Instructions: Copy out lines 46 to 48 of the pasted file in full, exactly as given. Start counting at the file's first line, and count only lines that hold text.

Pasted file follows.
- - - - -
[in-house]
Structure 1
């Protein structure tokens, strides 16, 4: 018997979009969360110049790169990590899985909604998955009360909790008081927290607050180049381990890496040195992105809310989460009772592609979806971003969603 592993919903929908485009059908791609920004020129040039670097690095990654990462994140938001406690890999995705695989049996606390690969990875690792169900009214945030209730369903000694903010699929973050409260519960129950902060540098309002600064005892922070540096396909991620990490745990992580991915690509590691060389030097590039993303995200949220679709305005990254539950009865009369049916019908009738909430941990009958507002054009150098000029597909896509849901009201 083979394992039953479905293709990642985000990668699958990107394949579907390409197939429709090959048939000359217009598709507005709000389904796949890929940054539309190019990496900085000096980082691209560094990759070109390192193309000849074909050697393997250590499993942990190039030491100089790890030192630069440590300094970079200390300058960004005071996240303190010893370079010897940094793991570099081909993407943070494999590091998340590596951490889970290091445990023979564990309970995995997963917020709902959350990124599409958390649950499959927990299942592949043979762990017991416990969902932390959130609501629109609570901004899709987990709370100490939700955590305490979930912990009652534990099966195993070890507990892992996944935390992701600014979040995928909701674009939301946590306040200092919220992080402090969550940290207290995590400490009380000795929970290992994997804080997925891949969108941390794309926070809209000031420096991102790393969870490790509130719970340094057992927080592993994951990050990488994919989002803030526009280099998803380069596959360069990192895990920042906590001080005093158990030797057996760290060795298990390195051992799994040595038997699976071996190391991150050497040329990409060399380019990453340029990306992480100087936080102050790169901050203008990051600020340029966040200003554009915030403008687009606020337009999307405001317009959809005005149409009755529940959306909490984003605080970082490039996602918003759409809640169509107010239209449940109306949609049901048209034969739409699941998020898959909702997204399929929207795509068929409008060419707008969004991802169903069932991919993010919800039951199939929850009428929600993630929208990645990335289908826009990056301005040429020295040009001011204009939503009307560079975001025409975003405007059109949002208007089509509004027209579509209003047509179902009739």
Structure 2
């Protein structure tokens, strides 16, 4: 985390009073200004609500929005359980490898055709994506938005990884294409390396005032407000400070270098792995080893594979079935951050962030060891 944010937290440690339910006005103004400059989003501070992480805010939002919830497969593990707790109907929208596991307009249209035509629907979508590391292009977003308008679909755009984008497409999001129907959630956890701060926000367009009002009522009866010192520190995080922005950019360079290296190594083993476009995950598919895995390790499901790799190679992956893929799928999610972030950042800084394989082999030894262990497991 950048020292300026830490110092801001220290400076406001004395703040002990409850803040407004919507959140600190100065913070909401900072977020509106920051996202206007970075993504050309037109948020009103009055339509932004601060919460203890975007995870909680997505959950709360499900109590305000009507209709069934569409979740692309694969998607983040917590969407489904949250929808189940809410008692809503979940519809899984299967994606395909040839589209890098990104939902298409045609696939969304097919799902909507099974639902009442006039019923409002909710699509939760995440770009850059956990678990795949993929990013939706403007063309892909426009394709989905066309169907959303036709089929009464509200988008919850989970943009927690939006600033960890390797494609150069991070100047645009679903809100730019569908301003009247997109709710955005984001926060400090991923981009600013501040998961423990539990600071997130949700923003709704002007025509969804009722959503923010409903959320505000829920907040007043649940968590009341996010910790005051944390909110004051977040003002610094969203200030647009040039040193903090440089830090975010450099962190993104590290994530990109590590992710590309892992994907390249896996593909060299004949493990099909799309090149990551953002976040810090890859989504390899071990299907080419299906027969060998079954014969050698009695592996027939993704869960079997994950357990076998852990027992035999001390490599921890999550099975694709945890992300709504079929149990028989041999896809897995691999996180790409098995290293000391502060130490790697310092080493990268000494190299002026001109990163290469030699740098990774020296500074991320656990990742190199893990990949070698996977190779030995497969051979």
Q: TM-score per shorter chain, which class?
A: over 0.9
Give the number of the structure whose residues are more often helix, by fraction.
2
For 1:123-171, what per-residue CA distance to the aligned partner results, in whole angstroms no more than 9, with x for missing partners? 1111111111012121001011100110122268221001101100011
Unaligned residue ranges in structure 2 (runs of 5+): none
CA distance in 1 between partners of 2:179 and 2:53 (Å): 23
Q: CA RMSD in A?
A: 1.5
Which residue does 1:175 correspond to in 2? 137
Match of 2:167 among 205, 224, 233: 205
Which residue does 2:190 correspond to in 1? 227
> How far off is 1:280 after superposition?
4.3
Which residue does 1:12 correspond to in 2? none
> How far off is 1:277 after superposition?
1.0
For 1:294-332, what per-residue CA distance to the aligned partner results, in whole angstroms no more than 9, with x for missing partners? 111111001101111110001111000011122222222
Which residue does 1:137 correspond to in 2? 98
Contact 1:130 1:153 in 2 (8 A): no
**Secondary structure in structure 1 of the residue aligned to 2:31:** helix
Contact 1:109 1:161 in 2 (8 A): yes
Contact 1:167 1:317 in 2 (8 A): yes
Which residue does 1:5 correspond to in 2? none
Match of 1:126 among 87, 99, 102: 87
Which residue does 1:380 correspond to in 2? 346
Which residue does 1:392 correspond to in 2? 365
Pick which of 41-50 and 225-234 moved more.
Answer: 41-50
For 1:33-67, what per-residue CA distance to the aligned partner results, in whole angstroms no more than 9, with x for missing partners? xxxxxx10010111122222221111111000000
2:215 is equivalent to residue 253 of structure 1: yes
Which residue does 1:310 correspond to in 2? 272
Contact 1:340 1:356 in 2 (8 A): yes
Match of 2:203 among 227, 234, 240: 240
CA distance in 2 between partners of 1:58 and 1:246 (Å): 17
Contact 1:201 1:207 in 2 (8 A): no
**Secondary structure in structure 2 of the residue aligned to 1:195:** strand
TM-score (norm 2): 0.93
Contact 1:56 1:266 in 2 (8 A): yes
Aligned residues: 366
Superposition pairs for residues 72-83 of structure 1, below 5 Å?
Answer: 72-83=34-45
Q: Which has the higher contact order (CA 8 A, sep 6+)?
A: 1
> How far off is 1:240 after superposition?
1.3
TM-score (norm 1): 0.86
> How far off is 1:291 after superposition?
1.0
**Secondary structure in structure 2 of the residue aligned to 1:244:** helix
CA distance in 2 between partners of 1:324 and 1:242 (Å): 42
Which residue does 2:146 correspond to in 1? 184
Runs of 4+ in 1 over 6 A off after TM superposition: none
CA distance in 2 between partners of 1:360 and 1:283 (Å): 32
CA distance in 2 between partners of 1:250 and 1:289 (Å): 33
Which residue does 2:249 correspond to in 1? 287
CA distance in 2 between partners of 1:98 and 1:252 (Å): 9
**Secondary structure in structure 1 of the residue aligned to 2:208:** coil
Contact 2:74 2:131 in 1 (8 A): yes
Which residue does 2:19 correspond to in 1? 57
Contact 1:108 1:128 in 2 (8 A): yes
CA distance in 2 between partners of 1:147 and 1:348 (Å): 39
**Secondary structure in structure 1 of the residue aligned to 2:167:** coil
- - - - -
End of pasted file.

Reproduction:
Superposition pairs for residues 72-83 of structure 1, below 5 Å?
Answer: 72-83=34-45
Q: Which has the higher contact order (CA 8 A, sep 6+)?